What to Expect at a Psychosocial Oncology Appointment

While many patients consult with our psychiatrist in an outpatient setting, the first time you meet with him or her may be when you are admitted to the hospital for surgery, treatment, or evaluation. Regardless of the setting in which you meet with the psychiatrist, the goal of your initial consultation will be to evaluate the burden of the disease, both physically and mentally, in order to develop the most appropriate coping strategies.

Your consultation will be similar to other doctor visits in many ways. The doctor will gather information regarding your past medical history and discuss any current symptoms you are experiencing. It will be important to review medications you are currently taking, at what dosage, and for which condition. They will also be interested in knowing who prescribed each of your medications and for how long you have been taking each. It may be helpful to write down a list of your medications and bring it with you to your consultation.

After reviewing your history, the doctor will conduct a psychiatrist's equivalent to a physical exam, called a mental status examination. Throughout your conversation, he will directly assess your mood, try to determine if you are suffering from any cognitive deficits or memory loss, and measure your level of disorientation.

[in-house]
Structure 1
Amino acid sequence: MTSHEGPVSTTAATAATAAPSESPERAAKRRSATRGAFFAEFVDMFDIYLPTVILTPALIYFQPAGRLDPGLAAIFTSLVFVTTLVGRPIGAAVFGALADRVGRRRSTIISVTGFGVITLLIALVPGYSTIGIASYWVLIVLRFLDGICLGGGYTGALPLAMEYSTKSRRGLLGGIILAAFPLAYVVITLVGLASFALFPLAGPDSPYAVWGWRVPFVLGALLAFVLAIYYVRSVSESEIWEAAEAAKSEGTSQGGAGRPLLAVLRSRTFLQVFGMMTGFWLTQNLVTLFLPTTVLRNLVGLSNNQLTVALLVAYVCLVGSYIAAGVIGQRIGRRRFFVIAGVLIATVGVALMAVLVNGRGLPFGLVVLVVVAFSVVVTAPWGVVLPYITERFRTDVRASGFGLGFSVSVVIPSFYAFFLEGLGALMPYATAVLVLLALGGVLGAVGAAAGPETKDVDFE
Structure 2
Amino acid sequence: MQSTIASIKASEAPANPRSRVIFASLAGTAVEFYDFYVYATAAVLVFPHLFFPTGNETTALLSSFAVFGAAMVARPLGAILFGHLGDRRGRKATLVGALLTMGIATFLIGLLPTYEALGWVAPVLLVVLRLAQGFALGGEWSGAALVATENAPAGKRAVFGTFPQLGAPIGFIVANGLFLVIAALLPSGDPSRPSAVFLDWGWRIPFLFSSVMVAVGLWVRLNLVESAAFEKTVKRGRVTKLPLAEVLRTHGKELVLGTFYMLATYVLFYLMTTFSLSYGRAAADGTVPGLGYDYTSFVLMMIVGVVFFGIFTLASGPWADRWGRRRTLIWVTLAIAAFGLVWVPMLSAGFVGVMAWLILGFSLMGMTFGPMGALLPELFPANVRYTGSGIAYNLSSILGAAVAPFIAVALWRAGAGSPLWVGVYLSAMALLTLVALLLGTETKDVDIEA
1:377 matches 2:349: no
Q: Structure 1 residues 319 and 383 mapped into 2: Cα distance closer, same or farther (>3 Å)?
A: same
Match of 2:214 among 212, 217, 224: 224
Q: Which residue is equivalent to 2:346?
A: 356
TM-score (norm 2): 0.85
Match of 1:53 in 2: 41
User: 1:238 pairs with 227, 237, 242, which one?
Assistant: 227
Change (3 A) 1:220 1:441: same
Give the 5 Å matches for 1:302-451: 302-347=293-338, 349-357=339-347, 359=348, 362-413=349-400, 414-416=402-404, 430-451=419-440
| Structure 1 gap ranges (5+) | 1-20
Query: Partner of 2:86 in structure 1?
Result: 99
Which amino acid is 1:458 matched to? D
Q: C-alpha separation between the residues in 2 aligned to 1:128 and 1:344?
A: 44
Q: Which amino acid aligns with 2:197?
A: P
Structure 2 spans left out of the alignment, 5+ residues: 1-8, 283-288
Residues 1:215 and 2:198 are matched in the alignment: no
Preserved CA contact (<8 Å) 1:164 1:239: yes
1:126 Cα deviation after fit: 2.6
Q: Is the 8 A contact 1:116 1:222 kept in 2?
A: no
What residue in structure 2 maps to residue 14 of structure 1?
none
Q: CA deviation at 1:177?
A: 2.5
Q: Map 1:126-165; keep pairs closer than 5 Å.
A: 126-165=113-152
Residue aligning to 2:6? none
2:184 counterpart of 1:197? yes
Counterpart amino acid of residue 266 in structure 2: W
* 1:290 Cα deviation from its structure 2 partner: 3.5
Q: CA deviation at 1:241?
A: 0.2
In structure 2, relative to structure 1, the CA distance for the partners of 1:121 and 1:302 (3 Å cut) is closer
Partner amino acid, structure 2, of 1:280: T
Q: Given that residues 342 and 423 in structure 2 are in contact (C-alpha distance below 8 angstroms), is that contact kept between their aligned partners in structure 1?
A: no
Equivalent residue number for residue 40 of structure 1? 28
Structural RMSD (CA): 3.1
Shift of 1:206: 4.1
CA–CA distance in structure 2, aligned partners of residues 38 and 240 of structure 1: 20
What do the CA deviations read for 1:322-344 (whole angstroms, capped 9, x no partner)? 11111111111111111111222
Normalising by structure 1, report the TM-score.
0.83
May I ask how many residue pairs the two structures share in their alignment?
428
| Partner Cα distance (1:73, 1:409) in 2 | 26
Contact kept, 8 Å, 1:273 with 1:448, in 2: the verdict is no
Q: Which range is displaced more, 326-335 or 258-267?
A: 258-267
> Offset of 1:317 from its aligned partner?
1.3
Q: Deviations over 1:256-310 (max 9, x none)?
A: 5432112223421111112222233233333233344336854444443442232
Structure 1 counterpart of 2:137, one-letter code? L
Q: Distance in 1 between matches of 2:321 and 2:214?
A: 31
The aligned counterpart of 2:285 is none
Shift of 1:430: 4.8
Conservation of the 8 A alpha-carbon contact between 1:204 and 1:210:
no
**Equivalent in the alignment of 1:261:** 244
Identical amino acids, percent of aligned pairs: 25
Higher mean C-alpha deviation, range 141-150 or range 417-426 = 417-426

In some cases, a trusted family member or friend can be very helpful in assessing how pancreatic cancer and its treatment have been affecting a patient. We encourage patients to bring a family member or friend to their appointment. The insights a patient's loved ones provide can help shape a patient's management plan.

By the end of your consultation, you and the doctor will have determined a management plan. Part of your management plan will include addressing all physical burdens of pancreatic cancer such as pain, nausea, and fatigue. This may involve adjusting your pain medications or referring you to another Pancreas Center specialist for further intervention. Based on your evaluation, additional medication, counseling, or support groups may also be recommended.

A consultation takes about 90 minutes.